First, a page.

The Ministry of Health and Family Welfare and Unicef are jointly launching a TV cooking show “Shorno Chef” for young aspiring chefs across Bangladesh.
The program, where young cooking enthusiasts will showcase their cooking skills, aims to inspire healthy eating habits in teenagers and their families, a press release said.
The “Shorno Chef” program features teenage chefs aged 12-17 who compete each week in a different cooking challenge.
At the end of each episode, their dishes are evaluated for both their nutritional value and their taste by a jury composed of a professional chef and a nutritionist.
Dr. SM Mustafizur Rahman, Director of National Nutrition Services, said raising the level of nutrition in Bangladesh is enshrined in our country’s first constitution. Since then, the government has been working towards this objective.
He said it was commendable that in addition to the government’s nutrition and development efforts, partners like Unicef are teaching adolescents about the importance of nutrition and teaching them from an early age to cook not only hearty meals, but also nutritious meals.
According to the statement, about 28% of children in Bangladesh suffer from chronic malnutrition and one in 10 children suffer from acute malnutrition.
Overweight and obesity are on the rise among children and adolescents. And 56% of teenage girls suffer from anemia.
However, these challenges can be overcome by equipping teens with the knowledge they need to make healthier food choices, the statement said.
UNICEF Bangladesh representative Sheldon Yett said “Shorno Chef” aims to help teenagers make healthy and nutritious food choices by imparting the fun of cooking and the joy of healthy eating.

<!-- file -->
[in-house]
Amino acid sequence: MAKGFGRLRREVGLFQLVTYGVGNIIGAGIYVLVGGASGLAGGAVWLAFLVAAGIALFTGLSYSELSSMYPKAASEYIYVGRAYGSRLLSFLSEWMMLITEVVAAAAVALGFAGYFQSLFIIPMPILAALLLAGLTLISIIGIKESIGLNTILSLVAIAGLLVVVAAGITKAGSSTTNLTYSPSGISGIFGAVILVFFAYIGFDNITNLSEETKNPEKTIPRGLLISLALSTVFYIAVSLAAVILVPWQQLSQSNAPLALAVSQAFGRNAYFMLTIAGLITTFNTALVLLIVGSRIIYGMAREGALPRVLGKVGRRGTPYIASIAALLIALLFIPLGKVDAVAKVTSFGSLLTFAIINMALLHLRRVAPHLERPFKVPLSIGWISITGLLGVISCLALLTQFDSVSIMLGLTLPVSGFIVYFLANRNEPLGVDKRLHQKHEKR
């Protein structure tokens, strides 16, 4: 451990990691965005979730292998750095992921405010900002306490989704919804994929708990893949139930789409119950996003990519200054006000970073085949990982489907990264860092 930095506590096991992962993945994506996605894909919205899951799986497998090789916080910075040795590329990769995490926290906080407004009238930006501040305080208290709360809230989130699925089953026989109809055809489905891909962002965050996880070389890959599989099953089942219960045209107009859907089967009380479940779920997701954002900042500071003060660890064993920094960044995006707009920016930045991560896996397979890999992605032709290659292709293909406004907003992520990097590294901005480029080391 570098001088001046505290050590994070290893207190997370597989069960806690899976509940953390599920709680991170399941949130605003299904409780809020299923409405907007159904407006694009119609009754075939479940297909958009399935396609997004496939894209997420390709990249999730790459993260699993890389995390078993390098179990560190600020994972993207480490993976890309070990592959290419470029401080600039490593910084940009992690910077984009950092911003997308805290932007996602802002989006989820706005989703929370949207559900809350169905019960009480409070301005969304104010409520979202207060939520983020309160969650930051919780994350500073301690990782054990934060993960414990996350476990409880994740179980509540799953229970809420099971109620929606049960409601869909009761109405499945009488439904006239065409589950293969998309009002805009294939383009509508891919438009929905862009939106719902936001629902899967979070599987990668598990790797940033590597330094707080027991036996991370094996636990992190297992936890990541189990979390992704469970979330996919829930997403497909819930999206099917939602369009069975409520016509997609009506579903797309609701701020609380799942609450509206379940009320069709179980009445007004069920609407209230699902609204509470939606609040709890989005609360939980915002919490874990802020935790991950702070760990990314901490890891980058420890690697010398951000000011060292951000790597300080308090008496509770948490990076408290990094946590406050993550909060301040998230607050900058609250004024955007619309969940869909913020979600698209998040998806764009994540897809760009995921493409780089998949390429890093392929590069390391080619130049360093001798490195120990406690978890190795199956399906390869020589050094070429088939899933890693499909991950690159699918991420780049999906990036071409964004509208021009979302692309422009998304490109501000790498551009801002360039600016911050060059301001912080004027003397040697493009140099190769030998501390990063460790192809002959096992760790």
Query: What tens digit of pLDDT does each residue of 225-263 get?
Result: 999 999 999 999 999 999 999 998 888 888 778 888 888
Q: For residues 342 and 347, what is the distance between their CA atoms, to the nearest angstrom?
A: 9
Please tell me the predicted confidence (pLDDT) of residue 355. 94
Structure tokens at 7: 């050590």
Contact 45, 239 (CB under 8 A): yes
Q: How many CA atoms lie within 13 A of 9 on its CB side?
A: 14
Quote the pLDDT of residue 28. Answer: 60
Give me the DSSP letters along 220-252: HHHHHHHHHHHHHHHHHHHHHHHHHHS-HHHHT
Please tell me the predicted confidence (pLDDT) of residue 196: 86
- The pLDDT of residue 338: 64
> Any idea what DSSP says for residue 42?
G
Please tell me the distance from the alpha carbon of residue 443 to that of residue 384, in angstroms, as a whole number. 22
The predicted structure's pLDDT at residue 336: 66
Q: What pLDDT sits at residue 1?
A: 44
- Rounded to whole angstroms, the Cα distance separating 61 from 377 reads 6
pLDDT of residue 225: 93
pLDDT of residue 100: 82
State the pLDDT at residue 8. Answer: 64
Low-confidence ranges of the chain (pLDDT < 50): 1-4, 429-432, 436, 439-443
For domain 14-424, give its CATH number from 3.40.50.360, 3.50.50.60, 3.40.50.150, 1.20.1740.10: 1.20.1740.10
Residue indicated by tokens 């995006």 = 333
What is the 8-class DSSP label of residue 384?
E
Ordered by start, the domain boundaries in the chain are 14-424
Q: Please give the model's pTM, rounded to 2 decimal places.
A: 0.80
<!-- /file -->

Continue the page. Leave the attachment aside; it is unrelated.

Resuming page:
He said many teenagers weren’t able to eat enough nutritious food, and others ate too much unhealthy food. It’s a balanced diet that teenagers also love to eat and that will help them develop to their full potential.
The cooking show, which is a partnership between Unicef Bangladesh, the Ministry of Health and the Clean Cooking Alliance, is expected to reach six million viewers.
The program also encourages healthier cooking fuels such as electricity or cooking gas instead of firewood.
In Bangladesh, exposure to cooking smoke at home is a health concern, especially for children and adolescents, the statement said.
“The Clean Cooking Alliance is pleased to partner with Unicef and the Government of Bangladesh to help young people learn about the benefits of clean cooking, which can improve the health of millions of young people around the world. “said Asna Towfiq, policy manager at the Clean Kitchen Alliance.
“Educating and empowering young people as changemakers and innovators is key to advancing access to clean cooking. We wish the show and the amazing participants every success on their journey,” said Asna.